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2-foot-long black and white tegu lizard found in Lexington

The non-native reptiles pose a threat to local habitats.
The non-native species threatens South Carolina wildlife, DNR said.
The non-native species threatens South Carolina wildlife, DNR said.(Dustin Smith - SCDNR)
Updated: Aug. 21, 2020 at 5:28 PM EDT
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The non-native species threatens South Carolina wildlife, DNR said.
The non-native species threatens South Carolina wildlife, DNR said.(Dustin Smith - SCDNR)
The non-native species threatens South Carolina wildlife, DNR said.
The non-native species threatens South Carolina wildlife, DNR said.(Dustin Smith - SCDNR)

COLUMBIA, S.C. (WIS) - A non-native lizard, the black and white tegu, was recently found in Lexington and removed, wildlife officials said.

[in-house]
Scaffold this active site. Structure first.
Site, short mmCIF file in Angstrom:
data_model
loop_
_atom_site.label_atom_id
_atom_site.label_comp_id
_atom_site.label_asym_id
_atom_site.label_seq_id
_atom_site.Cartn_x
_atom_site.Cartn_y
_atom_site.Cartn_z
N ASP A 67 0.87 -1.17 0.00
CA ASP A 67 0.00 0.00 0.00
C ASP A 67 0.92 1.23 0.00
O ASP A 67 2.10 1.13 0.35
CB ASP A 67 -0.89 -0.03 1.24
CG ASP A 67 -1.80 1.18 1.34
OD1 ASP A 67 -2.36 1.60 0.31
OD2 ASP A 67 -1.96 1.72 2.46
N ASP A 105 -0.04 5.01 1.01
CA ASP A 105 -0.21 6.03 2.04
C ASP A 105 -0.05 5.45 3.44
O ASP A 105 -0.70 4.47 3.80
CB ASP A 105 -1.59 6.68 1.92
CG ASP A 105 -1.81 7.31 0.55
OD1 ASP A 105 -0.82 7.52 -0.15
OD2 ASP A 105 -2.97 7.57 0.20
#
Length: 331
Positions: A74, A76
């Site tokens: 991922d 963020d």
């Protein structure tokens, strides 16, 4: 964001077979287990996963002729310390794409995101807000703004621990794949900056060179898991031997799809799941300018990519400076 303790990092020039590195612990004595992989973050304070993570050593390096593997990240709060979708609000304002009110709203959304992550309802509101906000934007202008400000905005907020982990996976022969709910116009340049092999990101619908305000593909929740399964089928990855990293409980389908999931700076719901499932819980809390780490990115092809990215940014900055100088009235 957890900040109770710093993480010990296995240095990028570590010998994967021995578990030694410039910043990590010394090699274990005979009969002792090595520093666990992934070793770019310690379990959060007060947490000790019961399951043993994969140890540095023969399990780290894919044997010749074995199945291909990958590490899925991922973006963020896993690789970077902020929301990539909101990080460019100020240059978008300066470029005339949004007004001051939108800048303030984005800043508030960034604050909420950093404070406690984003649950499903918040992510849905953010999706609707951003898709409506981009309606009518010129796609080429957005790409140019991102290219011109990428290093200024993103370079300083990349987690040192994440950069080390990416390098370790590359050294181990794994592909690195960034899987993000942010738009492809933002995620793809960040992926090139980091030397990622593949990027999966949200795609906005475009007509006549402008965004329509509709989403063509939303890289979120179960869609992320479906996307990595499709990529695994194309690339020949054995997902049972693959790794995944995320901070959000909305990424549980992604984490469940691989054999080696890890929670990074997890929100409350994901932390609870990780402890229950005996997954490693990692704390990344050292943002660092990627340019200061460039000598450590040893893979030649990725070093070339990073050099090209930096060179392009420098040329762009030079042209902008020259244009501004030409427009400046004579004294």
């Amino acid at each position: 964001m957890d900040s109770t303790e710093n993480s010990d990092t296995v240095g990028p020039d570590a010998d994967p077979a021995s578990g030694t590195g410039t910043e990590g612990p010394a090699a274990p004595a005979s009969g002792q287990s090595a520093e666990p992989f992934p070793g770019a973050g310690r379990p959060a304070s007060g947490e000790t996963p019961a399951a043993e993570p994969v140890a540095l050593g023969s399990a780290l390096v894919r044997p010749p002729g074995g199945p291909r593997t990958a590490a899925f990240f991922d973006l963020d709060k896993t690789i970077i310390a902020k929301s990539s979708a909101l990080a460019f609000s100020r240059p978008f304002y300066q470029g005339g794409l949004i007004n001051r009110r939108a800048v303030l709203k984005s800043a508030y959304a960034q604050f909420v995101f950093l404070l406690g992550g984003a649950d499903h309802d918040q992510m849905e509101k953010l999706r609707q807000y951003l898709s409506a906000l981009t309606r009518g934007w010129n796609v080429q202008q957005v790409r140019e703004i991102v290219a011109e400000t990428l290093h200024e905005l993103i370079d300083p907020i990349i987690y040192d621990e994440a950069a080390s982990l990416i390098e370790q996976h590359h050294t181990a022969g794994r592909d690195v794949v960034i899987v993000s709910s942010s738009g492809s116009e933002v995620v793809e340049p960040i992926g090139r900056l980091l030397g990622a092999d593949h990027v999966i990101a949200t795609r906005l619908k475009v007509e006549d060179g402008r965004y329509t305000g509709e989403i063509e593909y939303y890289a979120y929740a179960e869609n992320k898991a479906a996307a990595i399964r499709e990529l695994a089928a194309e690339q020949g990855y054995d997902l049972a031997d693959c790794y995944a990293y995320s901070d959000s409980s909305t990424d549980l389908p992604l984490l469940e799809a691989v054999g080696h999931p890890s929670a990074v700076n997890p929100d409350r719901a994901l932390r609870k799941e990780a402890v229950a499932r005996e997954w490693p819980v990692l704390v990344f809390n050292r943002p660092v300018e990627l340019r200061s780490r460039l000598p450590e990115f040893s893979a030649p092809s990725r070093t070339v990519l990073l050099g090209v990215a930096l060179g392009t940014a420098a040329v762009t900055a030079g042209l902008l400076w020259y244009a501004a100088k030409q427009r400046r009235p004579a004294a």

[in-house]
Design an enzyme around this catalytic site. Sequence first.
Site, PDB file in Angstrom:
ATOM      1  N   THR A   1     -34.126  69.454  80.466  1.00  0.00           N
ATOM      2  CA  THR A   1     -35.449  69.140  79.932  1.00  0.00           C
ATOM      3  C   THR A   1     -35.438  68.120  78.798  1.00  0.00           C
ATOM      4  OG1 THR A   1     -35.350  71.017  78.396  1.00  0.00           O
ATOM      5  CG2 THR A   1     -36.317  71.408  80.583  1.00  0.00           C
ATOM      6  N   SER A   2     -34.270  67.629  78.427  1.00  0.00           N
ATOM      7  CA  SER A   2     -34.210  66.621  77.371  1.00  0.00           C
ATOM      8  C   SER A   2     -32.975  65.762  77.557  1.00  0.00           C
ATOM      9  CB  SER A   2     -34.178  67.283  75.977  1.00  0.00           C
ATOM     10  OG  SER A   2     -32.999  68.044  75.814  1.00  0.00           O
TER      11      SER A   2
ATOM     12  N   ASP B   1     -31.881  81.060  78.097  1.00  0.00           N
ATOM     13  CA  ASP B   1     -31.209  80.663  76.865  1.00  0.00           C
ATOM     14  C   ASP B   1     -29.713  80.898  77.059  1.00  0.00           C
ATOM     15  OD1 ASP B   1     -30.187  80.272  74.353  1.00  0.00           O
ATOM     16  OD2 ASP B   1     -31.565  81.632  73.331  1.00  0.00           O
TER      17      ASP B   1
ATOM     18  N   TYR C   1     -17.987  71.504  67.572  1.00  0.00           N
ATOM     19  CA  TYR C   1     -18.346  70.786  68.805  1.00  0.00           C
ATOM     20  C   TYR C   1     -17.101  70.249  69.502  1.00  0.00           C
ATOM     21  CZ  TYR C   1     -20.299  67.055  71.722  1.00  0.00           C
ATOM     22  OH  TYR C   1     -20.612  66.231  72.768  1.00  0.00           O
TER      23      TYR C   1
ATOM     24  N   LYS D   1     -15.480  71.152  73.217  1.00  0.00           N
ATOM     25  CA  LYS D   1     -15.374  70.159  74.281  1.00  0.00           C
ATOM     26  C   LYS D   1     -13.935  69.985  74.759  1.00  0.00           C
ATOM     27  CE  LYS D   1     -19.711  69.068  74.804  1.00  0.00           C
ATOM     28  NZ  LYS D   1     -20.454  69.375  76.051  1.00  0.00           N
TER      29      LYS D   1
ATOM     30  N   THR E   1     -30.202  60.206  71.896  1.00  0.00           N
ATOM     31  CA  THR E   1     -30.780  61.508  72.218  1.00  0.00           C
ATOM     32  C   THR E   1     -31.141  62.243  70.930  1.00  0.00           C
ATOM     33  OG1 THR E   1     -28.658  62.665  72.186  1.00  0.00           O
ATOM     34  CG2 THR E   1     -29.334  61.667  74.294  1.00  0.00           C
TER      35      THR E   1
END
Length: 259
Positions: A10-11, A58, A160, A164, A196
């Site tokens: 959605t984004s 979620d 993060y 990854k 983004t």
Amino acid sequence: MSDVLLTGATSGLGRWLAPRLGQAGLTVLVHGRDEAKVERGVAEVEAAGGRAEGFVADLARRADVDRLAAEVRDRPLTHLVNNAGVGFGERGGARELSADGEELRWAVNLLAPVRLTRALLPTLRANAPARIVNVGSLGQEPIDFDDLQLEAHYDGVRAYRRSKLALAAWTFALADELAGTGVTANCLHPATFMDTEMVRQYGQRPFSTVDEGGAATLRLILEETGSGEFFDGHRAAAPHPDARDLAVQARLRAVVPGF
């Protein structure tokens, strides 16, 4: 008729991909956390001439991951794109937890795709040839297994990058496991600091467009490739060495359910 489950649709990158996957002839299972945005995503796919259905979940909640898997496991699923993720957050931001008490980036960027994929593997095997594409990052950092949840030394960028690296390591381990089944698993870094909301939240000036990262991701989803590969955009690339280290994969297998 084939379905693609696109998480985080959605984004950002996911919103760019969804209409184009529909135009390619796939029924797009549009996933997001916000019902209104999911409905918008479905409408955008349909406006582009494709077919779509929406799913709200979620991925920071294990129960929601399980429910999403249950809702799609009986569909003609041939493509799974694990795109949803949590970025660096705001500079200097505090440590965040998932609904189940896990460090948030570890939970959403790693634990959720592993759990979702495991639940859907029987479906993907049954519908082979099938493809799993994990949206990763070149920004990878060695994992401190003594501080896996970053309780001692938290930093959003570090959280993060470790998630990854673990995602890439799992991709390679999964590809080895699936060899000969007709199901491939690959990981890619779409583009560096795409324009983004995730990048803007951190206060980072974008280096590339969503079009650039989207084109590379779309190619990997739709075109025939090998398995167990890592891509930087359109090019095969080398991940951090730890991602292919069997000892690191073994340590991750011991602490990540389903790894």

Tegus are popular in the pet trade and officials think this reptile likely escaped its owner or was released.

The adult female lizard found in Lexington was 2.5-feet, but others can grow to be 4-feet long and weigh more than 10 pounds.

Tegus are “voracious omnivorous lizards,” DNR said.

They eat birds, small mammals, reptiles and amphibians, fruits, vegetables, insects and eggs.

The non-native reptiles have already become established in Georgia and Florida and they pose a threat to native South Carolina wildlife.

“Tegus mature and reproduce quickly,” SCDNR herpetologist Andrew Grosse said. “Though most concerning may be their preference for eggs and the potential impacts to our native ground-nesting birds like turkey and quail, as well as other species, such as the state-endangered gopher tortoise.”

Anyone who thinks they have seen a black and white tegu in the wild should report it to Grosse at grossea@dnr.sc.gov. If possible, DNR asks people to include a photo, location, time and date the lizard was seen.

DNR says tegus in the wild in South Carolina are not protected by state wildlife laws or regulations because it’s not a native species.

For more information about black and white tegus, including natural history and identifying characteristics, click or tap here.

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